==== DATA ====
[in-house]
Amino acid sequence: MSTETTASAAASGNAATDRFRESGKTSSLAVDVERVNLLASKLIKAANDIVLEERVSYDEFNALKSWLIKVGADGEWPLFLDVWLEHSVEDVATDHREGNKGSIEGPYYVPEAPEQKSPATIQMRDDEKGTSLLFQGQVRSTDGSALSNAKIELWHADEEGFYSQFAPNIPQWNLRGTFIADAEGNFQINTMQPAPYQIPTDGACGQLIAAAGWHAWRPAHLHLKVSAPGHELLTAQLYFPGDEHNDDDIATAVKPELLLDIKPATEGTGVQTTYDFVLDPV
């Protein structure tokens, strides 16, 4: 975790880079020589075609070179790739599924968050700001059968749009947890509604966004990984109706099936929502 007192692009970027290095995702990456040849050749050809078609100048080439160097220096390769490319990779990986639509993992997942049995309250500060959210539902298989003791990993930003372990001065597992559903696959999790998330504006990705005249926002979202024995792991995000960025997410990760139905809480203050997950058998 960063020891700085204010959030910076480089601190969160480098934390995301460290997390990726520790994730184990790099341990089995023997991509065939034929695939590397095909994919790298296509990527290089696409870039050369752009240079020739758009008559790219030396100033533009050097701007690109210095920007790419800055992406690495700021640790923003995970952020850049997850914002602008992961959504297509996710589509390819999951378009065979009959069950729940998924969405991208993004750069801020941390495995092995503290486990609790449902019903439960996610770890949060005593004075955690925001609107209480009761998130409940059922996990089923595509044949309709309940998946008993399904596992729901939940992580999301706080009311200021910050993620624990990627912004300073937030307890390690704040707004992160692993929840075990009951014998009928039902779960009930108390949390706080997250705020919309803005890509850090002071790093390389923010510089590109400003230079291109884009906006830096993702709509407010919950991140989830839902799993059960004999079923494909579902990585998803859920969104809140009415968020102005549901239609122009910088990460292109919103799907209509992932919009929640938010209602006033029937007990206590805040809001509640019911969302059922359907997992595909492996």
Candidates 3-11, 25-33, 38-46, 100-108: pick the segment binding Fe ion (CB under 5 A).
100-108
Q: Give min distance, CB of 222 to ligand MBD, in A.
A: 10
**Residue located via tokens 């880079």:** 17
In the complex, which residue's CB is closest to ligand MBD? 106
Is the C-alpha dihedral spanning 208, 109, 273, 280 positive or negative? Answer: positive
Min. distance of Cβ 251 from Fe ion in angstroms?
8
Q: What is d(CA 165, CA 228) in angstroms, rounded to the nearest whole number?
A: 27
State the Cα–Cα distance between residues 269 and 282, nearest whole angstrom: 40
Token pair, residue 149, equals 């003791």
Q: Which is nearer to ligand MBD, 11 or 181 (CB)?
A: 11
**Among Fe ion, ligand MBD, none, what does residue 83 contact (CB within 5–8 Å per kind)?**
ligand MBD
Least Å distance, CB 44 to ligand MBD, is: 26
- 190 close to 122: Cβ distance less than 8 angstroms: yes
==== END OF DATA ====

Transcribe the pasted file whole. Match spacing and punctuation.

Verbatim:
[in-house]
Amino acid sequence: MSTETTASAAASGNAATDRFRESGKTSSLAVDVERVNLLASKLIKAANDIVLEERVSYDEFNALKSWLIKVGADGEWPLFLDVWLEHSVEDVATDHREGNKGSIEGPYYVPEAPEQKSPATIQMRDDEKGTSLLFQGQVRSTDGSALSNAKIELWHADEEGFYSQFAPNIPQWNLRGTFIADAEGNFQINTMQPAPYQIPTDGACGQLIAAAGWHAWRPAHLHLKVSAPGHELLTAQLYFPGDEHNDDDIATAVKPELLLDIKPATEGTGVQTTYDFVLDPV
């Protein structure tokens, strides 16, 4: 975790880079020589075609070179790739599924968050700001059968749009947890509604966004990984109706099936929502 007192692009970027290095995702990456040849050749050809078609100048080439160097220096390769490319990779990986639509993992997942049995309250500060959210539902298989003791990993930003372990001065597992559903696959999790998330504006990705005249926002979202024995792991995000960025997410990760139905809480203050997950058998 960063020891700085204010959030910076480089601190969160480098934390995301460290997390990726520790994730184990790099341990089995023997991509065939034929695939590397095909994919790298296509990527290089696409870039050369752009240079020739758009008559790219030396100033533009050097701007690109210095920007790419800055992406690495700021640790923003995970952020850049997850914002602008992961959504297509996710589509390819999951378009065979009959069950729940998924969405991208993004750069801020941390495995092995503290486990609790449902019903439960996610770890949060005593004075955690925001609107209480009761998130409940059922996990089923595509044949309709309940998946008993399904596992729901939940992580999301706080009311200021910050993620624990990627912004300073937030307890390690704040707004992160692993929840075990009951014998009928039902779960009930108390949390706080997250705020919309803005890509850090002071790093390389923010510089590109400003230079291109884009906006830096993702709509407010919950991140989830839902799993059960004999079923494909579902990585998803859920969104809140009415968020102005549901239609122009910088990460292109919103799907209509992932919009929640938010209602006033029937007990206590805040809001509640019911969302059922359907997992595909492996």
Candidates 3-11, 25-33, 38-46, 100-108: pick the segment binding Fe ion (CB under 5 A).
100-108
Q: Give min distance, CB of 222 to ligand MBD, in A.
A: 10
**Residue located via tokens 């880079």:** 17
In the complex, which residue's CB is closest to ligand MBD? 106
Is the C-alpha dihedral spanning 208, 109, 273, 280 positive or negative? Answer: positive
Min. distance of Cβ 251 from Fe ion in angstroms?
8
Q: What is d(CA 165, CA 228) in angstroms, rounded to the nearest whole number?
A: 27
State the Cα–Cα distance between residues 269 and 282, nearest whole angstrom: 40
Token pair, residue 149, equals 């003791």
Q: Which is nearer to ligand MBD, 11 or 181 (CB)?
A: 11
**Among Fe ion, ligand MBD, none, what does residue 83 contact (CB within 5–8 Å per kind)?**
ligand MBD
Least Å distance, CB 44 to ligand MBD, is: 26
- 190 close to 122: Cβ distance less than 8 angstroms: yes